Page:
Ritchey is undergoing a frame renaissance, with road, cyclo-cross, 29er hardtail, and even travel-bike options in both steel and titanium.
Adding to the pile for 2013 is a new P-27.5 hardtail built around – you guessed it – 27.5in (aka 650b) wheels for riders looking for a classic steel ride but with the greater maneuverability of the medium-sized hoops.
The P-27.5 draws much of its DNA from the existing P-29er, including a similar triple-butted Logic steel tubeset, the same forged and machined 1 1/8in straight steel integrated head tube, and even the classic red, white and blue fade paint job.
Ritchey moved away from the P-29’s versatile slider dropouts for the P-27.5 in favor of more conventional socket-style vertical drops for geared applications with IS-style brake caliper tabs welded on to the chain stays. This saves some weight but, according to Ritchey marketing manager Sean Coffey, it also makes for a softer ride since the seat stays can now be a little thinner and smaller.
Claimed weight for a medium frame is 2.02kg (4.47lb) and the price is $1,100.
Thinner seat stays and a kinked configuration supposedly lend a little extra comfort to the new ritchey p-27.5’s rear end: thinner seat stays and a kinked configuration supposedly lend a little extra comfort to the new ritchey p-27.5’s rear endJames Huang/BikeRadar
Thin seat stays mean more comfort, according to Ritchey
Going along with the new P-27.5 frame are new WCS Vantage II Alloy wheels with 20mm-wide (internal measurement), tubeless-ready alloy rims and aluminum hubs that are convertible between 9mm and 15mm fitments up front and 135mm and 142mm standards out back. Claimed weight for 27.5in size is 1,587g per pair while the 29in version is 1,768g. There will be no 26in option.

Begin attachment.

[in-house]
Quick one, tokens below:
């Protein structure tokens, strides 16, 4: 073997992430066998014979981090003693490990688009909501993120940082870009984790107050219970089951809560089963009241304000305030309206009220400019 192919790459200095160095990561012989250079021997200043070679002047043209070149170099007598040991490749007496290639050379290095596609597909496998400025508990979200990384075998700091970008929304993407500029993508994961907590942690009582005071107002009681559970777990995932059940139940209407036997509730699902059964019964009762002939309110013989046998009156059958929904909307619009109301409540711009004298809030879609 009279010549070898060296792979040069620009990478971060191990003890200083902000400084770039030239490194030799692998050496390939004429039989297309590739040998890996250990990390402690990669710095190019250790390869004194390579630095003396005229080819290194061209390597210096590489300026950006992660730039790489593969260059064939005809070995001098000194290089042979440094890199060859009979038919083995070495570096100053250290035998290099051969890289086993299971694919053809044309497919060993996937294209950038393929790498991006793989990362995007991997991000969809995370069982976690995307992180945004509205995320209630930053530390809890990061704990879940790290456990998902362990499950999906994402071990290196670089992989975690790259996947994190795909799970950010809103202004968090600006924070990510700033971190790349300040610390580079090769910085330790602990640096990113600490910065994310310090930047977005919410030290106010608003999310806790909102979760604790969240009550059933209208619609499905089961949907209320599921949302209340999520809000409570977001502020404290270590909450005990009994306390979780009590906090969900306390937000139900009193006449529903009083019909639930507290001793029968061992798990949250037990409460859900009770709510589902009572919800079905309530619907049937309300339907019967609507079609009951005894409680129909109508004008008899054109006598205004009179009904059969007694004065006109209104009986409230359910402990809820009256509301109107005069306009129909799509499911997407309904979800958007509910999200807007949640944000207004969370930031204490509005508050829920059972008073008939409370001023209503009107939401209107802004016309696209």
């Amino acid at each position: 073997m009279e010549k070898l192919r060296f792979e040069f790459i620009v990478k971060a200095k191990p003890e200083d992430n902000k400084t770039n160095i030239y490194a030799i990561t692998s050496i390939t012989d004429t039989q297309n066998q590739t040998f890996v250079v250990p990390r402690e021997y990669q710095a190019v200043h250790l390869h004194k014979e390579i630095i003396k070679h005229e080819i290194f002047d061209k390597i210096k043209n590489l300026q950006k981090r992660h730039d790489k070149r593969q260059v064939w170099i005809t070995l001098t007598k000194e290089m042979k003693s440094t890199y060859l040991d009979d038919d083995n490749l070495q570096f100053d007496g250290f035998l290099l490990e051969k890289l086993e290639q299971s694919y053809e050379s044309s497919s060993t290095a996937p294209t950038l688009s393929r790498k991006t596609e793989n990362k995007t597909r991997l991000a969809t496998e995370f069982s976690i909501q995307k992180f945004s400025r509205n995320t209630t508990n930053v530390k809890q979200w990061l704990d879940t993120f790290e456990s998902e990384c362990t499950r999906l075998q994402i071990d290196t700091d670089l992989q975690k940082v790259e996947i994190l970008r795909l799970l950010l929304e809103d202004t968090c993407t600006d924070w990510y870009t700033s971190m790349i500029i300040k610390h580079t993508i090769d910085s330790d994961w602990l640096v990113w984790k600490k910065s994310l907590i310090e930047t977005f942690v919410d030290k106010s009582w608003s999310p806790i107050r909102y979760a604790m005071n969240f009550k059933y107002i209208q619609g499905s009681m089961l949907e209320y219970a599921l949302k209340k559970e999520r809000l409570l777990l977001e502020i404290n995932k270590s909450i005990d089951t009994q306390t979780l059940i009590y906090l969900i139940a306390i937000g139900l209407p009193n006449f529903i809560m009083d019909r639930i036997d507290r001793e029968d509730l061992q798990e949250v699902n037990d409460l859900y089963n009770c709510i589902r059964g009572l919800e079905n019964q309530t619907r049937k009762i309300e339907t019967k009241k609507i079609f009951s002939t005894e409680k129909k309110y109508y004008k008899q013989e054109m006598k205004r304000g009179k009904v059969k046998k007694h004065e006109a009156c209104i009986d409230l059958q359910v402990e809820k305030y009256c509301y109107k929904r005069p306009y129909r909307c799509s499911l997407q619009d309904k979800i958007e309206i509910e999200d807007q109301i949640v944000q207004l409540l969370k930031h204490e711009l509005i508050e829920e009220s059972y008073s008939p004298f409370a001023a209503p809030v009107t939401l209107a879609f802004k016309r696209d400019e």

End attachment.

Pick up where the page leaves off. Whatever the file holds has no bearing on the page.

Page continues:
Retail price is $799 per pair while the matching low-knob WCS Shield tires will add another $69 apiece.
Rounding out the 27.5in package is a new rigid all-carbon fiber fork with a one-piece carbon crown and steerer, bonded-in round legs, carbon dropouts, and carbon fiber post-mount brake tabs. As with the Vantage II Alloy wheels, there will also be a 29in version but no 26in variant. Claimed weights are just 615g (1.36lb) for the 27.5in fork and an extra 10g for the 29er. Retail price is $499 and all of the new 27.5in bits will be available beginning in November.
Heaps of new components
Ritchey has bolstered the 2013 range with gobs of other new components.
Highlighting the range is the new Superlogic collection for the road, which includes a new molded carbon fiber stem and lightweight handlebar. According to Coffey, the Superlogic stem’s large-diameter extension makes it nearly as stiff as PRO’s monstrous Vibe Sprint model but nearly half the weight at just 125g for a 110mm length. Retail price is a heady $299 and Ritchey will offer it in 90-130mm lengths.
Ritchey claim the new superlogic molded carbon fiber stem is nearly as stiff as pro’s vibe sprint but at roughly half the weight: ritchey claim the new superlogic molded carbon fiber stem is nearly as stiff as pro’s vibe sprint but at roughly half the weightJames Huang/BikeRadar
The new 125g Superlogic stem